In addition to military items, a range of commercial items are also subject to regulation because they may be used in a different application to their original design i.e. in connection with chemical, biological or nuclear weapons or missiles systems to deliver them.
The list of goods includes machine tools, testing equipment, metals and alloys, electronics, telecommunications, sensors and lasers, navigation and avionics, marine, propulsion systems, nuclear materials, chemicals, micro-organisms and toxins.
The aerospace industry is not exempt from these controls. Aircraft parts including seals, gaskets, bearings, navigation units, engine testing equipment and certain metals require a licence if exported outside the European Community. Commercial aircraft and components are also subject to control if destined for a military operator in an embargoed destination or to a commercial operator in Iran or Iraq. (Written as per legislation in 2005. In 2012 this only relates to Iran)
• Case Study 3
An Authorised Maintenance Centre in the UK receives a civil aero-engine from Belgium. The commercial instructions request that the engine be overhauled and returned to Belgium however, the logbook reveals that the last registered owner was the Air Force of the Democratic Republic of the Congo.
How should the AMC proceed?
Although Belgium is a member of the European Union and the commercial aero-engine does not appear on the list of controlled items, this shipment is subject to the ‘Military End-Use Control’ imposed by the UK Government. This control prevents the military in embargoed destinations from obtaining any equipment that might be used for military purposes.
In order to regulate the movement of military equipment around the world and to identify illicit trade, new controls have been introduced on the trade in these commodities. Many legitimate businesses are now caught by these controls but the purpose of the legislation is to catch the’ bad guys’ who are profiting from human suffering.
Trade Controls relate to arranging the movement of military list goods between other countries (not from the UK). For example, an Arms Dealer in the UK arranging to move military goods from Norway to Iran.
- The Trade Controls fall into three categories: (amended to reflect 2012 legislation)a. cluster munitions, torture equipment, MANPADSb. small arms & ammunition, long range missiles with a range of 300 km or more , UAVsc. other military list items not falling under A or B
- Embargoed destinations
Ancillary services are also subject to control for goods falling into Category A; this includes transport, financing, insurance and promotion services. UK haulage companies who offer services to embargoed destinations are now liable to prosecution if they are found to be carrying military list goods.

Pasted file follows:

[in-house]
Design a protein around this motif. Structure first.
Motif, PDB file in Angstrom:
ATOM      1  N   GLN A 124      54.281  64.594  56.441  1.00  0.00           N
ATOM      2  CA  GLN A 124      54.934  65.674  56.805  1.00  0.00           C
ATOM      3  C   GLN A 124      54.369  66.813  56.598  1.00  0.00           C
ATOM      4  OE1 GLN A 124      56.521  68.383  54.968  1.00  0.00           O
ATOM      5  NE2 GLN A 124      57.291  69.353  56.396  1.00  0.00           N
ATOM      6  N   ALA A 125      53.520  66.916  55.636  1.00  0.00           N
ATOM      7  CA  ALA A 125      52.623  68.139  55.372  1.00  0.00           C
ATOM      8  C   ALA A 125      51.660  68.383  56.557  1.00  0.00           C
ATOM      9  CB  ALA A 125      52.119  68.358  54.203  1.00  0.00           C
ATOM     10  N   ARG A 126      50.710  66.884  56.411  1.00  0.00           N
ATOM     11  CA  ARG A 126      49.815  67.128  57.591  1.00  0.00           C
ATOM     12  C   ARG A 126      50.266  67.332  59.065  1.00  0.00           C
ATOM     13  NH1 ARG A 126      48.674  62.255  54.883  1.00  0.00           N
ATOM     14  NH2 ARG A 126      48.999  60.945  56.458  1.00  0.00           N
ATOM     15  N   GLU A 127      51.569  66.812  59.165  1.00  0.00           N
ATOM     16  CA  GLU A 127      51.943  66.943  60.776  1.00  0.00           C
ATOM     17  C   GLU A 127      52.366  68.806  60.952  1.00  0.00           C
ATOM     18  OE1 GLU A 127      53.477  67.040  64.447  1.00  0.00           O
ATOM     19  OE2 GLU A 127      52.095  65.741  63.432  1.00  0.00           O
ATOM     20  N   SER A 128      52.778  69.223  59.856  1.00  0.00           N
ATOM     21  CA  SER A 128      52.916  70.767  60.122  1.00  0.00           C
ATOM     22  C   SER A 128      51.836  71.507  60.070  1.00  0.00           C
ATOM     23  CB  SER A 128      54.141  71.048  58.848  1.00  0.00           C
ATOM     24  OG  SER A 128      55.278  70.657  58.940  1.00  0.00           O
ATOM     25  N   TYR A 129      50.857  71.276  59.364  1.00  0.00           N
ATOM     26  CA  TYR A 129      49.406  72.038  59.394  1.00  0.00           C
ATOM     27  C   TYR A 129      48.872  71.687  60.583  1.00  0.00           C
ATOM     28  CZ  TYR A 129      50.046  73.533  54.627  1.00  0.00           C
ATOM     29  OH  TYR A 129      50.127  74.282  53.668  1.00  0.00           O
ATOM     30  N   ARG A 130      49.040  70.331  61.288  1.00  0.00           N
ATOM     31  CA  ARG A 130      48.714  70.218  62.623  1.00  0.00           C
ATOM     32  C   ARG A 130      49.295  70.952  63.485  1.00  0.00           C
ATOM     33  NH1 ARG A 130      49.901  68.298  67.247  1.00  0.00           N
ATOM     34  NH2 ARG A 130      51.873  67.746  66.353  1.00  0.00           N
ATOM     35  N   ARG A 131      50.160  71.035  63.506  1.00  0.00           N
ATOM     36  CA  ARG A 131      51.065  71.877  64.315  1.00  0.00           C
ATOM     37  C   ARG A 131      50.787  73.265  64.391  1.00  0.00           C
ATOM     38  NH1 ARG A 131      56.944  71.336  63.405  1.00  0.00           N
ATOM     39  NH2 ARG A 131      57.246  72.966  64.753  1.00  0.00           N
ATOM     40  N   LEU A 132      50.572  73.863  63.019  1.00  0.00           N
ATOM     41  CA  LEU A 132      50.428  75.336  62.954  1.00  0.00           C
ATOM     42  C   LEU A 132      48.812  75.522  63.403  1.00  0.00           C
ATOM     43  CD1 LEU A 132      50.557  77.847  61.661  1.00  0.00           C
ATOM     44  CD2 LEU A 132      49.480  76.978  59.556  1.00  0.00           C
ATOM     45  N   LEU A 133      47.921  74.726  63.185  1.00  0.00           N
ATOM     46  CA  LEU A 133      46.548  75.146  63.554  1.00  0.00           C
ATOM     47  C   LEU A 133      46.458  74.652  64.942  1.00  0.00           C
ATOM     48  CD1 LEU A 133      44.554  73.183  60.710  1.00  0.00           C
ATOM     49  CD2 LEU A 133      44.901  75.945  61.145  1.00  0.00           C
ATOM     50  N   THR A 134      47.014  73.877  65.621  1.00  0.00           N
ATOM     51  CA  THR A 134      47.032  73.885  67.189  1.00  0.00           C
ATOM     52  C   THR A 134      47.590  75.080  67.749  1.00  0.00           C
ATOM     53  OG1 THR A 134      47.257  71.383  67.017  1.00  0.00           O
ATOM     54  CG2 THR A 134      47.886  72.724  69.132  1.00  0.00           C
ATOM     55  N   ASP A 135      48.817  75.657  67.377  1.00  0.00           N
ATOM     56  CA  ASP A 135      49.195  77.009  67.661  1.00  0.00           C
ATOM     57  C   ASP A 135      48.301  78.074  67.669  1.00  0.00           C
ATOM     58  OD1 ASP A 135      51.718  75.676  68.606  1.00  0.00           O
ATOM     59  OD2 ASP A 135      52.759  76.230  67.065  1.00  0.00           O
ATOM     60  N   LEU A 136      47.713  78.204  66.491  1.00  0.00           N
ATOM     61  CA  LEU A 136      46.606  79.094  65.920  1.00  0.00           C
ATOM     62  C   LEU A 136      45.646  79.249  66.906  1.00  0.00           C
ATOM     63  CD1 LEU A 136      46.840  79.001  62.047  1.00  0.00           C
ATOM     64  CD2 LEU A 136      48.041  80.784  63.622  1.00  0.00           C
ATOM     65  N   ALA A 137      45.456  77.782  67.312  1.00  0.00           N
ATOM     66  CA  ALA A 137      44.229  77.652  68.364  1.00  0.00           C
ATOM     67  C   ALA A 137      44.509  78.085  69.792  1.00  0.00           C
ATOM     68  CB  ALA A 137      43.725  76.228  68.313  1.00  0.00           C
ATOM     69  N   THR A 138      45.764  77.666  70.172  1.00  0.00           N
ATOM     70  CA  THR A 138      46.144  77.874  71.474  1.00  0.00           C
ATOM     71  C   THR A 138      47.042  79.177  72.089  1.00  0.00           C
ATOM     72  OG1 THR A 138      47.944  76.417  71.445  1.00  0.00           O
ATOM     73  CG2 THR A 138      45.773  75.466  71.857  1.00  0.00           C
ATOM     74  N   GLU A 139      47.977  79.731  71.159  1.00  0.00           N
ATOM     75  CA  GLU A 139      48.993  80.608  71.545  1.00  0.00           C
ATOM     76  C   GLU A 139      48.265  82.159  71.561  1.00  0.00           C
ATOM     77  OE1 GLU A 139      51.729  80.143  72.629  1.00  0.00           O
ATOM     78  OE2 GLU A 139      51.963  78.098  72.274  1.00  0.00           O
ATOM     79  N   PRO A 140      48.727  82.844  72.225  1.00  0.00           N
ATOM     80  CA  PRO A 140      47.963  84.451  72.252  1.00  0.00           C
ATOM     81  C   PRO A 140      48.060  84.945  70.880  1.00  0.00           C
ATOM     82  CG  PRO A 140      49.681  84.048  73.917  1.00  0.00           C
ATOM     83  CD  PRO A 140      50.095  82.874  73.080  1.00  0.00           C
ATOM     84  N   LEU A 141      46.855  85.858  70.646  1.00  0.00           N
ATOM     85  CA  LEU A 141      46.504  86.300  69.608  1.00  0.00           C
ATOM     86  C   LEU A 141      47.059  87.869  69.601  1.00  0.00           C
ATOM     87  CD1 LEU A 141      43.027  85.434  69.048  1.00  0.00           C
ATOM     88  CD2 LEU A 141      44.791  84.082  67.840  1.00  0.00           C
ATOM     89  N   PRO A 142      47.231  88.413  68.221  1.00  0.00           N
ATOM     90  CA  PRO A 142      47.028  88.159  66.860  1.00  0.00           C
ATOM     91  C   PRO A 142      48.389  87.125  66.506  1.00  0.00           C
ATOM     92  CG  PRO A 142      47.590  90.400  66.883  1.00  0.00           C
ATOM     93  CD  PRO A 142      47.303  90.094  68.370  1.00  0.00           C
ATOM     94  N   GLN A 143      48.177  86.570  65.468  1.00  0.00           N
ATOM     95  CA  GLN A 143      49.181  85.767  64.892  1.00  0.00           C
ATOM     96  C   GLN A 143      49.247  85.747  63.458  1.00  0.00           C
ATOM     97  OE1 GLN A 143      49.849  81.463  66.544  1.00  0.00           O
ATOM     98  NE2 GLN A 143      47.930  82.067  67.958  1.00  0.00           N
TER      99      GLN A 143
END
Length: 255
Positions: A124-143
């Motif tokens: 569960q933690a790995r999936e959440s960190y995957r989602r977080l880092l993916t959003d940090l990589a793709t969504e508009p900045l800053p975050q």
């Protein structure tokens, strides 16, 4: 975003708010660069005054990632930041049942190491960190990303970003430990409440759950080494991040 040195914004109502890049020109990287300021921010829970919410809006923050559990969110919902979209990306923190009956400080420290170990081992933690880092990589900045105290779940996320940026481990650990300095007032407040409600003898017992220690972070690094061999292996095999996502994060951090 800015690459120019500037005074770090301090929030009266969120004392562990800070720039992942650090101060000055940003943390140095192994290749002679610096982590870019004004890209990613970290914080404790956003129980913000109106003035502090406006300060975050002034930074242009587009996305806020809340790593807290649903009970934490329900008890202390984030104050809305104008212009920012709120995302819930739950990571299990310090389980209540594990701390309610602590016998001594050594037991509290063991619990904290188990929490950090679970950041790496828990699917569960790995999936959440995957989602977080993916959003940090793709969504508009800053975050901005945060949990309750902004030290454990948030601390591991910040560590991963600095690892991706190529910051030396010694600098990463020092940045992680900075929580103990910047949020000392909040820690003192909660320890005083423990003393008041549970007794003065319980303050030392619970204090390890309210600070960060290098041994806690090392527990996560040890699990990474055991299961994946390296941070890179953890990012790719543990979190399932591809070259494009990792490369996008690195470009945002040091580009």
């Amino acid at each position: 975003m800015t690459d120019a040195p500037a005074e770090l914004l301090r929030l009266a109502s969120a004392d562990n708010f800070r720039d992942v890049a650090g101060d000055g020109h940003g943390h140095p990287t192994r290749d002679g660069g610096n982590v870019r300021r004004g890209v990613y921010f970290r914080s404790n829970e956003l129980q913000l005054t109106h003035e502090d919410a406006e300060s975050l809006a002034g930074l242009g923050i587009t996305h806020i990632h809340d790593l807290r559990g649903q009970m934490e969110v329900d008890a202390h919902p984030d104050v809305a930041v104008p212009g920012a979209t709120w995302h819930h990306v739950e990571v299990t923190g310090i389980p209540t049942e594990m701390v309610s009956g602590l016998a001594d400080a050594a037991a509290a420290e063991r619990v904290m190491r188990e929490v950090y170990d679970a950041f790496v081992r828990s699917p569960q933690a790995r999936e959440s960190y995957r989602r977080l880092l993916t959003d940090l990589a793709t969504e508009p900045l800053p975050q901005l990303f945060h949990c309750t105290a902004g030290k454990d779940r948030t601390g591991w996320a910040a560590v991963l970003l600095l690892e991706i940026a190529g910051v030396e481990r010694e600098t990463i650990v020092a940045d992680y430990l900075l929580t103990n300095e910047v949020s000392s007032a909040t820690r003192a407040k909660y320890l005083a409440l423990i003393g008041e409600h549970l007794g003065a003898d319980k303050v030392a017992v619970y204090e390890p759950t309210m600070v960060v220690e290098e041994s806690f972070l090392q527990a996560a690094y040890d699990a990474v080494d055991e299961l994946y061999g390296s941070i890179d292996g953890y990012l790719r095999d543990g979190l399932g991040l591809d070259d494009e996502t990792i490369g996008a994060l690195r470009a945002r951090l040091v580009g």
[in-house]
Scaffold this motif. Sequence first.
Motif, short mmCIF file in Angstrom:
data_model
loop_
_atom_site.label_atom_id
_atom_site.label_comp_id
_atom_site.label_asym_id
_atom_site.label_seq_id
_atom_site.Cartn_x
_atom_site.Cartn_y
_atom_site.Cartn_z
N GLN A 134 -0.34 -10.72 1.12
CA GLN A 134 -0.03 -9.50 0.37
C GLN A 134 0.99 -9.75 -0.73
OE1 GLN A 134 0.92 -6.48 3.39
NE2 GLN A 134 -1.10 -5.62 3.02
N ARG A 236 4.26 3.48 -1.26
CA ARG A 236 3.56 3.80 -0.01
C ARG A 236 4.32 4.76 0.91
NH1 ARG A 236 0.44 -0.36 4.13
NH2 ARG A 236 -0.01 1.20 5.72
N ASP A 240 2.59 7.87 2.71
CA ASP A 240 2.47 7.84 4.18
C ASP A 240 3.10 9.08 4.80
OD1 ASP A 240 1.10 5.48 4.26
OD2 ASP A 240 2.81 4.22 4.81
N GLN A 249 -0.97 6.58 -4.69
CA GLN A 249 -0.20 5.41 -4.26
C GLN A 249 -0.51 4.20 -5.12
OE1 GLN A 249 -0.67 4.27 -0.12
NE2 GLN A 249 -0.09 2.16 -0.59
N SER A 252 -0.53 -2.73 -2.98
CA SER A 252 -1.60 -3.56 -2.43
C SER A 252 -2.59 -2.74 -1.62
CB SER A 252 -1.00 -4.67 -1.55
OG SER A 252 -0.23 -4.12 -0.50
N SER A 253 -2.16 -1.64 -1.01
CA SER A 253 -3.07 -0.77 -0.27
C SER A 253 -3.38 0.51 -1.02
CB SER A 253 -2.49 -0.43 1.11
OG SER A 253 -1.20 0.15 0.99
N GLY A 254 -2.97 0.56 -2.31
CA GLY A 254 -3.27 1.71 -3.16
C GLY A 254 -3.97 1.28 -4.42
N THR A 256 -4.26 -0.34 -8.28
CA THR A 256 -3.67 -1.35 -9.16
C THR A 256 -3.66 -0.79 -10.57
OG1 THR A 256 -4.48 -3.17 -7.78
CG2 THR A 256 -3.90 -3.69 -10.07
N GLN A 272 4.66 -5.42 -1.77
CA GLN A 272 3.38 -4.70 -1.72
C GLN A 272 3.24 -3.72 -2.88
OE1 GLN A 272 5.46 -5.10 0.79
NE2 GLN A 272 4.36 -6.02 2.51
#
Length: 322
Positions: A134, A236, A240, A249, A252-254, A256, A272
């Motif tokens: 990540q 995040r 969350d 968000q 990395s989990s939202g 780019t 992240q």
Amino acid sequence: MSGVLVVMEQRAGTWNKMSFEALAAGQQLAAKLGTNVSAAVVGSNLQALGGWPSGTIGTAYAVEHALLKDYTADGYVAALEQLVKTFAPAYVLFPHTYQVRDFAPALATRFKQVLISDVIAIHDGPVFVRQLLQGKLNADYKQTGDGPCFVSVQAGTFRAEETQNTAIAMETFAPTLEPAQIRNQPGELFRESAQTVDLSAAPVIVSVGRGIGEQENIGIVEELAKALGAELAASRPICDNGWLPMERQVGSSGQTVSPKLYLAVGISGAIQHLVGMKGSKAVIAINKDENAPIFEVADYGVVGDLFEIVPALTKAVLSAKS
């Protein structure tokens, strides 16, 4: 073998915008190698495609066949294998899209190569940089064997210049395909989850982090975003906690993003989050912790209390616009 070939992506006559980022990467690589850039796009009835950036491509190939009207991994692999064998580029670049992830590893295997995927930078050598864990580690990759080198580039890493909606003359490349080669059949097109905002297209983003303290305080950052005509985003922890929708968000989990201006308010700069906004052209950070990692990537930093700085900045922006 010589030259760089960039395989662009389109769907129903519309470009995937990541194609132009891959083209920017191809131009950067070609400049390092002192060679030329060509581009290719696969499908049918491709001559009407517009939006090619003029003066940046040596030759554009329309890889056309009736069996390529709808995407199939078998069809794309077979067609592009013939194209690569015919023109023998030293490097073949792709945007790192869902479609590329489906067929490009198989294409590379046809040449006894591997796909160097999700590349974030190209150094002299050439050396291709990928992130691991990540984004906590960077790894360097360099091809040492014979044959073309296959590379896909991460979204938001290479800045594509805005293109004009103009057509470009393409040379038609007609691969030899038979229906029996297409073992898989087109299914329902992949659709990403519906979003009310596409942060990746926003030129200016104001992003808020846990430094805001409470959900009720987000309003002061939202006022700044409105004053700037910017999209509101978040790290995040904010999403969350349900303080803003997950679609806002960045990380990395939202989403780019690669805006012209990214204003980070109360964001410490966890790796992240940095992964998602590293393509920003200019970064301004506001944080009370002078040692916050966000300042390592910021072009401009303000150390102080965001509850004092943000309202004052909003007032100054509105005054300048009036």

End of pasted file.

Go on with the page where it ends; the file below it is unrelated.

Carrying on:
• Case Study 4
– UAV Manufacturer exhibiting at Farnborough Air Show
Is a trade licence required?
UAVs with a range of more than 300km are regulated by Trade Controls.
Since the US Company is offering to sell their goods from their facilities in the US then, any contacts signed or agreements made whilst in the UK, that involve movement of their goods from the US to any country except the UK, would require a UK Trade Licence prior to entering into a commitment.
A Trade Licence should be available before the exhibition in anticipation of any arrangements being made. In the event that some destinations are refused then, negotiations for these countries cannot be entered into whilst in the UK.
US Re-export Controls
The US legislation is also based on the same international agreements as the UK however, the US have made their own interpretations. In addition, the US exercises extra territorial controls on all US persons and all products that leave the US. This includes US origin product and also any other product that is transhipped through the US. These extra territorial controls follow the person or product for all of its life!
• Case Study 5
– UK Authorised Maintenance Centre (US Product)
Imagine that the Cuban Air Force operates a C130 Hercules and they send you a component for repair.
As far as UK legislation is concerned, there is an OGEL (Open General Export Licence) Export After Repair / replacement under warranty: Military Goods available that would cover this transaction.
You simple register to use the licence, check that the component is not excluded (it’s not), check that the country is not excluded (it’s not), quote the licence on the C88 and commercial paperwork and keep a record for four years to show to the ECO auditors.
However, since you are dealing with an item on the US Munitions List, you should also apply for a US Re-export Licence (and there’s not much chance that you would get one so, who’s going to know?)
When the US discovers that the Cuban’s are again flying, they will find you out! The penalties for US non-compliance are:
- large fines e.g. $1m per violation
- loss of AMC status
- being placed on the DPL – Denied Parties List (no US Supplier being allowed to trade with you)
- denied travel to US
- arrested on entry to US
These controls are very complex for anyone to understand including Government Officials. These early months have been fairly relaxed whilst everyone involved ‘finds their feet’ however, the honeymoon period is now over and Exporters can look forward to a New Year of enforcement by H.M. Customs & Excise.
First published January 2005, Aerospace International.
For more information contact Elizabeth Carter.